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Luke 22:39-44

Context
On the Mount of Olives

22:39 Then 1  Jesus 2  went out and made his way, 3  as he customarily did, to the Mount of Olives, 4  and the disciples followed him. 22:40 When he came to the place, 5  he said to them, “Pray that you will not fall into temptation.” 6  22:41 He went away from them about a stone’s throw, knelt down, and prayed, 22:42 “Father, if you are willing, take 7  this cup 8  away from me. Yet not my will but yours 9  be done.” 22:43 [Then an angel from heaven appeared to him and strengthened him. 22:44 And in his anguish 10  he prayed more earnestly, and his sweat was like drops of blood falling to the ground.] 11 

Luke 22:53

Context
22:53 Day after day when I was with you in the temple courts, 12  you did not arrest me. 13  But this is your hour, 14  and that of the power 15  of darkness!”

1 tn Here καί (kai) has been translated as “then” to indicate the implied sequence of events within the narrative.

2 tn Grk “he”; the referent (Jesus) has been specified in the translation for clarity.

3 tn Grk “went.”

4 sn See the note on the Mount of Olives in Luke 19:29.

5 sn Luke does not mention Gethsemane by name, but calls it simply the place.

6 sn Jesus’ instructions to pray not to fall into temptation is an allusion to Luke 22:28-38, especially 22:31. The temptation is Satan’s challenge to them to defect, like what happened to Judas and what will happen to Peter.

7 tn Luke’s term παρένεγκε is not as exact as the one in Matt 26:39. Luke’s means “take away” (BDAG 772 s.v. παρένεγκε 2.c) while Matthew’s means “take away without touching,” suggesting an alteration (if possible) in God’s plan. For further discussion see D. L. Bock, Luke (BECNT), 2:1759-60.

8 sn This cup alludes to the wrath of God that Jesus would experience (in the form of suffering and death) for us. See Ps 11:6; 75:8-9; Isa 51:17, 19, 22 for this figure.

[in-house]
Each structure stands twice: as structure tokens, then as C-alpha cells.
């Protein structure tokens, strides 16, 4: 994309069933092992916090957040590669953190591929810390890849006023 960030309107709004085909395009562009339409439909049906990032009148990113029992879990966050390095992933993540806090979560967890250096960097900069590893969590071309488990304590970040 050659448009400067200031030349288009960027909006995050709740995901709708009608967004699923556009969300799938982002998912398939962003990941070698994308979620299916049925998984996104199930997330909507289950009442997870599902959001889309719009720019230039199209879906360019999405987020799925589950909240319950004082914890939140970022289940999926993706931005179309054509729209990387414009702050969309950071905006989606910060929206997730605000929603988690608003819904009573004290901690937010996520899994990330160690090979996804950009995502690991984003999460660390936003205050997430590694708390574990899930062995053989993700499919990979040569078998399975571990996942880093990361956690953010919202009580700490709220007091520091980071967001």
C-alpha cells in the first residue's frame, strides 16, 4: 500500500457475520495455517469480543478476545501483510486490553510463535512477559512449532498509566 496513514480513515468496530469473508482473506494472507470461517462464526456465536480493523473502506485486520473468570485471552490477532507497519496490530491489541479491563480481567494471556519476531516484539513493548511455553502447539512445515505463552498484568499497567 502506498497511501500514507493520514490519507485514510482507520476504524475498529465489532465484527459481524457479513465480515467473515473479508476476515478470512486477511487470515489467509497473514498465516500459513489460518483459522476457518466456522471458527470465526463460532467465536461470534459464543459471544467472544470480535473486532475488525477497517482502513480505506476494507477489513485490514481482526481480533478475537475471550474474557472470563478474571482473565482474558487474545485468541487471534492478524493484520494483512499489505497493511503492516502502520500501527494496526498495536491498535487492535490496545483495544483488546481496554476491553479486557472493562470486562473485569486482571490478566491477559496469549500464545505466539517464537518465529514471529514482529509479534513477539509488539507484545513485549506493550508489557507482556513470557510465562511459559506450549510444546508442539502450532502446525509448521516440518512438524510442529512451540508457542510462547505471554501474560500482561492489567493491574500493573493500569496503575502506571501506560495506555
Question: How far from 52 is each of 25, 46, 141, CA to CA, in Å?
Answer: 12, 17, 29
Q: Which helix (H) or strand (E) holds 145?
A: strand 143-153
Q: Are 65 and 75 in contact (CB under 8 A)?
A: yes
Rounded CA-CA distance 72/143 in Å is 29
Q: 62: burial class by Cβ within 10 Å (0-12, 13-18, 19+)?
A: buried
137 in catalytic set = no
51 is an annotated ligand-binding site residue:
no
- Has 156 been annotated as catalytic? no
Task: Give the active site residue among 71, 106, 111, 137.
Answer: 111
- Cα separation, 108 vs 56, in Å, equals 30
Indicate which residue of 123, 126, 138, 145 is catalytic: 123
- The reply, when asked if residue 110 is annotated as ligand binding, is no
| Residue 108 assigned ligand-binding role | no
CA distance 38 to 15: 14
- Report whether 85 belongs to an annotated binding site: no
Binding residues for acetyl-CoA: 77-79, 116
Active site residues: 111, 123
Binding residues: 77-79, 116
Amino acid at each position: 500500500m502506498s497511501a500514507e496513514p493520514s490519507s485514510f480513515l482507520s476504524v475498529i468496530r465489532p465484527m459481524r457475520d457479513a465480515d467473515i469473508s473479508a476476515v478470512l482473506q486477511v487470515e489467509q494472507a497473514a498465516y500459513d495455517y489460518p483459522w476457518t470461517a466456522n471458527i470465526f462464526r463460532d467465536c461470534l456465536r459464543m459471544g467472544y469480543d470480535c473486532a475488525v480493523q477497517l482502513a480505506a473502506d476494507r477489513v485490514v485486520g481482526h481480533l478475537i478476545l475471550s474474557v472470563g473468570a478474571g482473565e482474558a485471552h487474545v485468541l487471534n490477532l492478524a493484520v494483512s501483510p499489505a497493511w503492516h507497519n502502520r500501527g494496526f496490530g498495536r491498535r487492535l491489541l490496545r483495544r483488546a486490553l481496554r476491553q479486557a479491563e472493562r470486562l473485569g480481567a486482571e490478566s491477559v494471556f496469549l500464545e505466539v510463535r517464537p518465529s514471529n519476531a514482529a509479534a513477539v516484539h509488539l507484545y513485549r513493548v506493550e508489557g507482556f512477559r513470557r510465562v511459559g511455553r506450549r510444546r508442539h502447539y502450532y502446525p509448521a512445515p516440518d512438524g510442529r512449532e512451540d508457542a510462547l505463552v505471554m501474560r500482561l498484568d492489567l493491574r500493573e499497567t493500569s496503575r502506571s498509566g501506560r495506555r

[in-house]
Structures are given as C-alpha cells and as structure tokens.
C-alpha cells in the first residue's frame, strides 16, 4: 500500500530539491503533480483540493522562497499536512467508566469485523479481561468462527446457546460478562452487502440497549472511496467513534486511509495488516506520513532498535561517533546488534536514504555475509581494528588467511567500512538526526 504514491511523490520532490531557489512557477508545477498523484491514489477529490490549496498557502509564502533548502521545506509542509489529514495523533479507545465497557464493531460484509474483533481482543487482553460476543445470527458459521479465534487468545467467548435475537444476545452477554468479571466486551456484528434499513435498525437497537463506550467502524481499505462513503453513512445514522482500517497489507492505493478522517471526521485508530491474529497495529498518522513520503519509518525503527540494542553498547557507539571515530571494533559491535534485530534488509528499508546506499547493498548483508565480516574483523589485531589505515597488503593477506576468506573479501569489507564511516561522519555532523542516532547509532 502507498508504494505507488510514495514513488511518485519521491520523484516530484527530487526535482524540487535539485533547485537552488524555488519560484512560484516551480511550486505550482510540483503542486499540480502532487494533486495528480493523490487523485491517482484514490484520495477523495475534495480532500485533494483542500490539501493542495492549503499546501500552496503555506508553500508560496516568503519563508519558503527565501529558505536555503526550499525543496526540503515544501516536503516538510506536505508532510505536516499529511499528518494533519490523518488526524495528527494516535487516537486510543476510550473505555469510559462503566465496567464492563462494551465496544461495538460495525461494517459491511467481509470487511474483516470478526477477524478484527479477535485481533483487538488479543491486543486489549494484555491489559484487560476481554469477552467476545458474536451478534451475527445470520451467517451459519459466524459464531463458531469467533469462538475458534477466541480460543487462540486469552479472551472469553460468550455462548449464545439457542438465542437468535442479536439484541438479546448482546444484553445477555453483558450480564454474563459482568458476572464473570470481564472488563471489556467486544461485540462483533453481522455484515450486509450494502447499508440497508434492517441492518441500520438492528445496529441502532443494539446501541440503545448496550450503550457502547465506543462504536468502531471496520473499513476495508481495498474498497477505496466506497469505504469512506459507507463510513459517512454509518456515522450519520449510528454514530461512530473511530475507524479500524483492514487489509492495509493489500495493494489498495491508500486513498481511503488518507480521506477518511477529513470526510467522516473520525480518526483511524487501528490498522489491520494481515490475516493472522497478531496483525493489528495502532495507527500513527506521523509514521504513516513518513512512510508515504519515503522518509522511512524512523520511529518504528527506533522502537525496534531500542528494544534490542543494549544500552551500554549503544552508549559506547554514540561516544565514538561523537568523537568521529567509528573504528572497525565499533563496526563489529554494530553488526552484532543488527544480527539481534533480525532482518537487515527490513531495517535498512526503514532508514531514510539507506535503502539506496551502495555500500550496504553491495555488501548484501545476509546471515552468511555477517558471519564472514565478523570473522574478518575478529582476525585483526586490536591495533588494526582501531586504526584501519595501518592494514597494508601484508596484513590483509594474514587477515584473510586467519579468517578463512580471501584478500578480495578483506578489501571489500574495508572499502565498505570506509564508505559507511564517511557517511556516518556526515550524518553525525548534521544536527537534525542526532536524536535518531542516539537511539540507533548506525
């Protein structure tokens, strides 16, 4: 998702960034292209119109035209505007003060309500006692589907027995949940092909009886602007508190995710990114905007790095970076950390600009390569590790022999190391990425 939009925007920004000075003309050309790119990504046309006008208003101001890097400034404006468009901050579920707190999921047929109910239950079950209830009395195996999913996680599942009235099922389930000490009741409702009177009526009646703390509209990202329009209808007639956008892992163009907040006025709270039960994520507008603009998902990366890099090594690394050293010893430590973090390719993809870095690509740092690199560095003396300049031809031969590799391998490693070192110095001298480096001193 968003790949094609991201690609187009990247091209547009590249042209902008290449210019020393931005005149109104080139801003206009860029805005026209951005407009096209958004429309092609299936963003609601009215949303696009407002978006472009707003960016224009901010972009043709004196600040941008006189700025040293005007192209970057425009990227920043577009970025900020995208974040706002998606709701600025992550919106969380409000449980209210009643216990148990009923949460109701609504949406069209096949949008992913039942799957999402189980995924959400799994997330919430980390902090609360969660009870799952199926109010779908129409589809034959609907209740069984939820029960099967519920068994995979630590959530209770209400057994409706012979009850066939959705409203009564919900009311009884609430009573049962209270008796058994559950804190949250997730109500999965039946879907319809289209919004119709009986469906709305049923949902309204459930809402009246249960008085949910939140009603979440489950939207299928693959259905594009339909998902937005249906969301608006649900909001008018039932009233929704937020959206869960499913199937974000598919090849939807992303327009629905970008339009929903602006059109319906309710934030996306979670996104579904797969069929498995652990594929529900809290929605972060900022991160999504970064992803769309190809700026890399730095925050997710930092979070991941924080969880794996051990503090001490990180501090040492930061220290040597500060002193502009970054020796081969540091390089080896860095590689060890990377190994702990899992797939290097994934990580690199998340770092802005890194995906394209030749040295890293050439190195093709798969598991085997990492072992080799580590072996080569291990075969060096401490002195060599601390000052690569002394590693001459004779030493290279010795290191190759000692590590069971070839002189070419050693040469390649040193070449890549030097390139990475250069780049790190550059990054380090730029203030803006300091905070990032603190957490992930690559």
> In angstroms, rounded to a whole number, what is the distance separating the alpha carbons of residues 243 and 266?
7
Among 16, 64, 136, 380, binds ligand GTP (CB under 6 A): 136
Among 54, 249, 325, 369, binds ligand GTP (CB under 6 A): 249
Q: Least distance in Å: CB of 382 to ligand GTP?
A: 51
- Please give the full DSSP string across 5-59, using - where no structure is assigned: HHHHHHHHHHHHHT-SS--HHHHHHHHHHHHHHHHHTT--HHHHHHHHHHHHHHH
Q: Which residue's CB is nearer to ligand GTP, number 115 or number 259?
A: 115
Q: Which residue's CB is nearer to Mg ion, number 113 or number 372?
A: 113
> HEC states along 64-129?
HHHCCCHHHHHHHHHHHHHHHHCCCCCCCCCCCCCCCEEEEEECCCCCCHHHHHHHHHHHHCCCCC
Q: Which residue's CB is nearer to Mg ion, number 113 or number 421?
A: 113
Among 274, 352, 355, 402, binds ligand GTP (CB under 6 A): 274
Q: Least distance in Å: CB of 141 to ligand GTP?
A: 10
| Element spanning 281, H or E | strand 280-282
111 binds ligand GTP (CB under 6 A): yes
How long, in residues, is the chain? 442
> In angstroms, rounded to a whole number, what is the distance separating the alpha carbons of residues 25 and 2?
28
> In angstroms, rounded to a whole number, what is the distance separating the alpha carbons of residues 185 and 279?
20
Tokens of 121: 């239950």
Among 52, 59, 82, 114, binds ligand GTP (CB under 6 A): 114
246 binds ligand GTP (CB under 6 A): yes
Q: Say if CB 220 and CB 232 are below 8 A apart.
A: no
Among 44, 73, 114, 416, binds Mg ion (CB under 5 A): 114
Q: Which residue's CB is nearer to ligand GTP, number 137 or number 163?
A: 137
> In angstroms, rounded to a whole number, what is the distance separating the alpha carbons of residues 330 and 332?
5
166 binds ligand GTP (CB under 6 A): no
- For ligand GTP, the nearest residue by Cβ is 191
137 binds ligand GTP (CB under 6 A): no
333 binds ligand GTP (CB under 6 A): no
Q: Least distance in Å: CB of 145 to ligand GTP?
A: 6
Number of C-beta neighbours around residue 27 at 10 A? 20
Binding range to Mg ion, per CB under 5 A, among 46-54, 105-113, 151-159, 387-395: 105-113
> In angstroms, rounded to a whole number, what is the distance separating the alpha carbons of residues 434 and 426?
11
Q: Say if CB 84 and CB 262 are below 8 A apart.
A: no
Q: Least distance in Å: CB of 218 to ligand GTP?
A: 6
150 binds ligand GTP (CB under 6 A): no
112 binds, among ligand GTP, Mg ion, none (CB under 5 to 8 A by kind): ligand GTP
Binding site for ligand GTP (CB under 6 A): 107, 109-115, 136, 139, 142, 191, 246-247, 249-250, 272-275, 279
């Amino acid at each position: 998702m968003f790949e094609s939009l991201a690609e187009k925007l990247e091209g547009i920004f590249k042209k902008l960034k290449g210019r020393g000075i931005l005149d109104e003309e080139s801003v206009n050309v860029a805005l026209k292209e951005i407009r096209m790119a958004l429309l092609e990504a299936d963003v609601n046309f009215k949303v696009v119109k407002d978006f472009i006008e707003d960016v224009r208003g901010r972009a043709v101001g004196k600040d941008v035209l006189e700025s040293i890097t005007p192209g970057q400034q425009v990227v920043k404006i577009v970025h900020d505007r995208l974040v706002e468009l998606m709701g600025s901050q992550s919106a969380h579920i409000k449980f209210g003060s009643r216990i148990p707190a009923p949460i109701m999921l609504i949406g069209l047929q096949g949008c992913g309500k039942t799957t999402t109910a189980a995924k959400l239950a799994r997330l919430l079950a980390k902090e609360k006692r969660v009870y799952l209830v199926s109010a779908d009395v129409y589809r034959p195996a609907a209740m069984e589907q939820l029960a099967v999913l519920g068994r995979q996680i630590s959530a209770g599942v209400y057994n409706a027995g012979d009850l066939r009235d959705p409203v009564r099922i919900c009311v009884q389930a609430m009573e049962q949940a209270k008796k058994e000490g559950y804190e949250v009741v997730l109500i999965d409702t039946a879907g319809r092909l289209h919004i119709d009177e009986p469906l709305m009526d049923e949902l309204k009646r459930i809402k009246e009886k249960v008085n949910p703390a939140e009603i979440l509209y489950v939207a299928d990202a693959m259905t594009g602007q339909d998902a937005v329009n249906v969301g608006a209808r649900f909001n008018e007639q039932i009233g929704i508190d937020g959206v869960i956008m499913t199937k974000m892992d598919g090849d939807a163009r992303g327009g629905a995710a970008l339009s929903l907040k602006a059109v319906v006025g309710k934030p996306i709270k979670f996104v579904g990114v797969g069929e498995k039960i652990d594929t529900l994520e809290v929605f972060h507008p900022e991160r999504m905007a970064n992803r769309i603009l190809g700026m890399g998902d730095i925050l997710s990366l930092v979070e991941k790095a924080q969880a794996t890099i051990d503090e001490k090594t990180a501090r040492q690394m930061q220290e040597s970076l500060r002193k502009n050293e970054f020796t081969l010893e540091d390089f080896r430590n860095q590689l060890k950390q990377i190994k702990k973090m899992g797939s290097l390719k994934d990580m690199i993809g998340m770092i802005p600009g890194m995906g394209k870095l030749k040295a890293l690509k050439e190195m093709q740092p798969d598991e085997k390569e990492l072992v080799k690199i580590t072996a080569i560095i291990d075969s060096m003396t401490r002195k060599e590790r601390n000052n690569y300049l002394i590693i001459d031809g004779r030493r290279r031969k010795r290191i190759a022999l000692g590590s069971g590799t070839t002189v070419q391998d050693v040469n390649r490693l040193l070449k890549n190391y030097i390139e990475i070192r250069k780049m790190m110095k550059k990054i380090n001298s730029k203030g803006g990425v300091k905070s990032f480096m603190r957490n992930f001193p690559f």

9 sn With the statement “Not my will but yours be done” Jesus submitted fully to God’s will.

10 tn Grk “And being in anguish.”

11 tc Several important Greek mss (Ì75 א1 A B N T W 579 1071*) along with diverse and widespread versional witnesses lack 22:43-44. In addition, the verses are placed after Matt 26:39 by Ë13. Floating texts typically suggest both spuriousness and early scribal impulses to regard the verses as historically authentic. These verses are included in א*,2 D L Θ Ψ 0171 Ë1 Ï lat Ju Ir Hipp Eus. However, a number of mss mark the text with an asterisk or obelisk, indicating the scribe’s assessment of the verses as inauthentic. At the same time, these verses generally fit Luke’s style. Arguments can be given on both sides about whether scribes would tend to include or omit such comments about Jesus’ humanity and an angel’s help. But even if the verses are not literarily authentic, they are probably historically authentic. This is due to the fact that this text was well known in several different locales from a very early period. Since there are no synoptic parallels to this account and since there is no obvious reason for adding these words here, it is very likely that such verses recount a part of the actual suffering of our Lord. Nevertheless, because of the serious doubts as to these verses’ authenticity, they have been put in brackets. For an important discussion of this problem, see B. D. Ehrman and M. A. Plunkett, “The Angel and the Agony: The Textual Problem of Luke 22:43-44,” CBQ 45 (1983): 401-16.

sn Angelic aid is noted elsewhere in the gospels: Matt 4:11 = Mark 1:13.

12 tn Grk “in the temple.”

13 tn Grk “lay hands on me.”

14 tn Or “your time.”

15 tn Or “authority,” “domain.”



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